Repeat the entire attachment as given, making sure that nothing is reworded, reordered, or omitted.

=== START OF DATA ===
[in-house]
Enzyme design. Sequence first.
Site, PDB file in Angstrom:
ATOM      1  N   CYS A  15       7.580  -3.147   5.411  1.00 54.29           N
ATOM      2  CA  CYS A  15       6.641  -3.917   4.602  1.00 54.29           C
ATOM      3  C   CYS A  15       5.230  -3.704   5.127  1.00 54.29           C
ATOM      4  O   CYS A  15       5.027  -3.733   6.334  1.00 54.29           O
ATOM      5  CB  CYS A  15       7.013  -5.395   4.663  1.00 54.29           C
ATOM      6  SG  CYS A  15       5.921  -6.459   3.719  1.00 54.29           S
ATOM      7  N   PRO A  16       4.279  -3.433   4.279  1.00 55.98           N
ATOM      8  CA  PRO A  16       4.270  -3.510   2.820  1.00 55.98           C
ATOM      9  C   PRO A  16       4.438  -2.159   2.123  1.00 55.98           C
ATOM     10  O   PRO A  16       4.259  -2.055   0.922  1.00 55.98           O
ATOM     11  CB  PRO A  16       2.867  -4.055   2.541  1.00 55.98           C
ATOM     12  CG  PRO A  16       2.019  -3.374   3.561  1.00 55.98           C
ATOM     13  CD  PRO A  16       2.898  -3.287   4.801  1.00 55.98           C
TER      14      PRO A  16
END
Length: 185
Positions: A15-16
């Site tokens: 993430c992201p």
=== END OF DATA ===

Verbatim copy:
[in-house]
Enzyme design. Sequence first.
Site, PDB file in Angstrom:
ATOM      1  N   CYS A  15       7.580  -3.147   5.411  1.00 54.29           N
ATOM      2  CA  CYS A  15       6.641  -3.917   4.602  1.00 54.29           C
ATOM      3  C   CYS A  15       5.230  -3.704   5.127  1.00 54.29           C
ATOM      4  O   CYS A  15       5.027  -3.733   6.334  1.00 54.29           O
ATOM      5  CB  CYS A  15       7.013  -5.395   4.663  1.00 54.29           C
ATOM      6  SG  CYS A  15       5.921  -6.459   3.719  1.00 54.29           S
ATOM      7  N   PRO A  16       4.279  -3.433   4.279  1.00 55.98           N
ATOM      8  CA  PRO A  16       4.270  -3.510   2.820  1.00 55.98           C
ATOM      9  C   PRO A  16       4.438  -2.159   2.123  1.00 55.98           C
ATOM     10  O   PRO A  16       4.259  -2.055   0.922  1.00 55.98           O
ATOM     11  CB  PRO A  16       2.867  -4.055   2.541  1.00 55.98           C
ATOM     12  CG  PRO A  16       2.019  -3.374   3.561  1.00 55.98           C
ATOM     13  CD  PRO A  16       2.898  -3.287   4.801  1.00 55.98           C
TER      14      PRO A  16
END
Length: 185
Positions: A15-16
């Site tokens: 993430c992201p």